The V2 Temporal Document Database System

Kjetil Nørvåg
Department of Computer and Information Science
Norwegian University of Science and Technology
7491 Trondheim, Norway


In this paper we give an overview of V2, a temporal document database system that supports storage, retrieval, and querying of temporal documents.


Temporal databases, document databases, text indexing.


One of the advantages of XML is that the document itself contains information that is normally associated with a schema. This makes it possible to do more precise queries, compared to what has been previously possible with unstructured data. It also has advantages for long-term storage of data: even though the schema has changed, the data itself can contain sufficient information about the contents, so that meaningful queries can be applied to the data. This is of increasing importance as storage costs are rapidly decreasing and it feasible to store larger amounts of data in databases, including previous versions of data. If documents as well as DTDs/schemas are stored in a suitable temporal database system, it is also possible to make queries based on the actual DTD/schema that was valid at the time a particular document was stored. In order to efficiently manage the temporal versions, a temporal document database system should be employed. In this paper, we describe an approach to temporal document storage, which we have implemented in the V2 temporal document database system. Important topics include temporal document query processing, and control over what is temporal, how many versions, vacuuming etc., something that is necessary for practical use in order to be able to control the storage requirements.

We have previously in the TeXOR project studied the realization of a temporal XML database using a stratum approach, in which a layer converts temporal query language statements into conventional statements, executed by an underlying commercial object-relational database system [3]. We could in this way rapidly make a prototype that supported storage and querying of temporal XML documents. However, we consider a stratum approach only as a short-term solution. As a result of using a stratum approach, some problems and bottlenecks are inevitable. For example, no efficient time index for our purpose were available, and query optimization can be a problem when part of the ``knowledge'' is outside the database system. Retrieving data from the database and process it in the TeXOR middleware would not be a good idea if we want to benefit from the XML query features supported by the object-relational database management system.

The TeXOR project demonstrated the usefulness of a temporal XML databases in general, and gave us experience from actual use of such systems. The next step is using an integrated approach, in which the internal modules of a database management system are modified or extended to support time-varying data. This is the topic of this paper, which describes V2, a temporal document database system. In V2, previous versions of data are kept, and it is possible to search in the historical (old) versions, retrieve documents that were valid at a certain time, query changes to documents, etc.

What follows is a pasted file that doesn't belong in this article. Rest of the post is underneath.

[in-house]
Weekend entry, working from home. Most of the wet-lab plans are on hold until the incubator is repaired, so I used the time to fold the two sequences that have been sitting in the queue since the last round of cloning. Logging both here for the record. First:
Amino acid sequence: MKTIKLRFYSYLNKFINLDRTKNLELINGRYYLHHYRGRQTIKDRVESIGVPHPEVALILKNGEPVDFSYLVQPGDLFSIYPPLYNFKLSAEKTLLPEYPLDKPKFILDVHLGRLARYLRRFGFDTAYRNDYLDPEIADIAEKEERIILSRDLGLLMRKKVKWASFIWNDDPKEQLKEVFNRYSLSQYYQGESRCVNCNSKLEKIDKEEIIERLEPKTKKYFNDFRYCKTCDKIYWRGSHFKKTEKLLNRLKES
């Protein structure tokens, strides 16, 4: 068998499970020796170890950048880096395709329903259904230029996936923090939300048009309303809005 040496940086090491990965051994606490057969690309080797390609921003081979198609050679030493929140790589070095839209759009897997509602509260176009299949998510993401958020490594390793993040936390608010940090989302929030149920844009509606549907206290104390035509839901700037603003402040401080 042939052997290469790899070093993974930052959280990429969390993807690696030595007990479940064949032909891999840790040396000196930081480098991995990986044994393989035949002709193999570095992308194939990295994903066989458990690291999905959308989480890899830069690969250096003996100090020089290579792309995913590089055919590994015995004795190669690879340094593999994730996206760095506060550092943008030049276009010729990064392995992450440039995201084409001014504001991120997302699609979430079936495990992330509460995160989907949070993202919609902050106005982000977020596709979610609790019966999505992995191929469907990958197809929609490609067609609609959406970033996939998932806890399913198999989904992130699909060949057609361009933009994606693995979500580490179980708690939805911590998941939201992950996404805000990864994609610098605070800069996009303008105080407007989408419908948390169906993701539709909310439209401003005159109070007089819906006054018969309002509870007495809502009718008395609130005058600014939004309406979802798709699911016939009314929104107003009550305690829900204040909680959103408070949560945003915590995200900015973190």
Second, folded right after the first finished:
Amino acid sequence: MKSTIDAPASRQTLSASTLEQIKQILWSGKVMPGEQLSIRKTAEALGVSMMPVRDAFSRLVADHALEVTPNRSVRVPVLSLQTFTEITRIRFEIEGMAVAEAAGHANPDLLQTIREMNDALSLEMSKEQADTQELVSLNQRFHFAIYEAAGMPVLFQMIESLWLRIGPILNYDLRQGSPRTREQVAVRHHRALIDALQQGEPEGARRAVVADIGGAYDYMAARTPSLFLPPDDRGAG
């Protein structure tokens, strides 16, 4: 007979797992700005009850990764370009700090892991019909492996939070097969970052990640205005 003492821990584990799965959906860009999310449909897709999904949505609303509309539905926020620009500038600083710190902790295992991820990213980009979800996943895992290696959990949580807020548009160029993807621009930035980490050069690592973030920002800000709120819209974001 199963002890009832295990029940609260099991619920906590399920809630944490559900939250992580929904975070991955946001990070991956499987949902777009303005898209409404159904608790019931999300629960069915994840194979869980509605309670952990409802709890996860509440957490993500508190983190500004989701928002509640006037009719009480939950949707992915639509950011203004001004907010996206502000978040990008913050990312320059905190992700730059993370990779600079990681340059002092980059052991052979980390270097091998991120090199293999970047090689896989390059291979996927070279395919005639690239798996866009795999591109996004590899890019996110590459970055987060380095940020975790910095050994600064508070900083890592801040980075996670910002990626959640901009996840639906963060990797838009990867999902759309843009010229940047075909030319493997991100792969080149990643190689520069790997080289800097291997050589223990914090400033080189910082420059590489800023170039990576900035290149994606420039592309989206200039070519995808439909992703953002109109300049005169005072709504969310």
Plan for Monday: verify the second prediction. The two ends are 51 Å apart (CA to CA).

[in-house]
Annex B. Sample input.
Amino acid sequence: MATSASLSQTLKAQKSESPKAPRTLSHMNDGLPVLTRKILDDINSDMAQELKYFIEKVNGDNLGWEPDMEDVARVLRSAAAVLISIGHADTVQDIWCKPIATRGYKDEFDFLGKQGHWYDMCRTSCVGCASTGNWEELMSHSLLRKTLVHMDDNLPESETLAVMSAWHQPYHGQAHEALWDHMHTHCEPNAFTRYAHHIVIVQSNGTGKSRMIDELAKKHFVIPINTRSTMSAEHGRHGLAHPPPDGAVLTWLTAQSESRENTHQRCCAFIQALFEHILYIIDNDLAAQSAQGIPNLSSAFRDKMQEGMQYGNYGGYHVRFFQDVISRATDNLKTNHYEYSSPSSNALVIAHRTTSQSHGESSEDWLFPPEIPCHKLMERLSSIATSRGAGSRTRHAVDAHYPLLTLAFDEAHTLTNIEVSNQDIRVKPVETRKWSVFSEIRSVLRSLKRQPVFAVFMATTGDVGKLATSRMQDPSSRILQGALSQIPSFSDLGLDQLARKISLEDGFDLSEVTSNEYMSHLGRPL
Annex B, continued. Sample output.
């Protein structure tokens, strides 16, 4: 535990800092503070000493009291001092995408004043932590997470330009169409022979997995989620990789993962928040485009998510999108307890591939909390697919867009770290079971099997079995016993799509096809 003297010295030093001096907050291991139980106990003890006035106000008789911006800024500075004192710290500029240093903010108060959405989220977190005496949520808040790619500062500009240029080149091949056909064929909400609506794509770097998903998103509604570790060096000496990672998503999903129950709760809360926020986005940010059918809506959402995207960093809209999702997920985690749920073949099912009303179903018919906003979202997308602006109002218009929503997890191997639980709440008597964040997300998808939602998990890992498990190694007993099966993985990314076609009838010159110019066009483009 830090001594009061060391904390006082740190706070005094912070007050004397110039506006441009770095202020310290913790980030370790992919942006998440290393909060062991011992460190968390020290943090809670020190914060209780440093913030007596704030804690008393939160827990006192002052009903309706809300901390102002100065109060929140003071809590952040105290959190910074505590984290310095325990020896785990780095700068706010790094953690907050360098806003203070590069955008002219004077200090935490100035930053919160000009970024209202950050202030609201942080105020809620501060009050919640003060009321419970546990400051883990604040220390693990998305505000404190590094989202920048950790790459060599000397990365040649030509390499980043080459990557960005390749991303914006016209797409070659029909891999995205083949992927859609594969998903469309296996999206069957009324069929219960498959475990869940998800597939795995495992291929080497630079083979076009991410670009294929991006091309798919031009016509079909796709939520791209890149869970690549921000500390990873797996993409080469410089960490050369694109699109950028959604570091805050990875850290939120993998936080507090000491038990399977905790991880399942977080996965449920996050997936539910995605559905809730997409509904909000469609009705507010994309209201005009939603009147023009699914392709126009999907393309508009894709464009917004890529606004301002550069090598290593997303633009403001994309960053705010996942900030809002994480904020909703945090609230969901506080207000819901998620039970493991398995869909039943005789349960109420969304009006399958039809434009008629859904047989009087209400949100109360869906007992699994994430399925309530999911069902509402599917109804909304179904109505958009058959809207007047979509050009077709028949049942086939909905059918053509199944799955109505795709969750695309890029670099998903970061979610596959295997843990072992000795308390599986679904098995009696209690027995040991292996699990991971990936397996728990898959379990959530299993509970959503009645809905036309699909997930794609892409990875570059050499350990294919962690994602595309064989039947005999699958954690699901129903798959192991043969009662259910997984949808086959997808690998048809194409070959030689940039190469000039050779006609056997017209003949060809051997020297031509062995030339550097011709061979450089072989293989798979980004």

Although we believe temporal databases should be based on the integrated approach, we do not think using special-purpose temporal databases is the solution. Rather, we want the temporal features integrated into existing general database systems. In order to make this possible, the techniques used to support temporal features should be compatible with existing architectures. As a result, we put emphasis on techniques that can easily be integrated into existing architectures, preferably using existing index structures as well as a query processing philosophy compatible with existing architectures (history tells us that even though a large amount of ``exotic'' index structures have been proposed for various purposes, database companies are very reluctant to make their systems more complicated by incorporating these into their systems, and still mostly support the ``traditional'' structures, like B-trees, hash files, etc.).


A document version stored in V2 is uniquely identified by a version identifier (VID). The VID of a version is persistent and never reused, similar to the object identifier in an object database.

The aspect of time in V2 is transaction time, i.e., a document is stored in the database at some point in time, and after it is stored, it is current until logically deleted or updated. We call the non-current versions historical versions. When a document is deleted, a tombstone version is written to denote the logical delete operation.

The time model in V2 is a linear time model, and V2 also supports reincarnation, i.e., a (logically) deleted version can be updated, thus creating a non-contiguous lifespan, with possibility of more than one tombstone for each document. Support for reincarnation is particularly interesting in a document database system because even though a document is deleted, a new document with the same name can be created at a later time (in the case of a web data warehouse this could also be the result of a server or service being temporarily unavailable, but then reappear later).


V2 provides support for storing, retrieving, and querying temporal documents. It is possible to retrieve a document stored at a particular time t, that was valid in a certain time period p, etc. V2 also supports some basic operators. In contrast to many existing systems that support versioning of documents, time is an integrated concept of V2, and is efficiently supported by the query operators.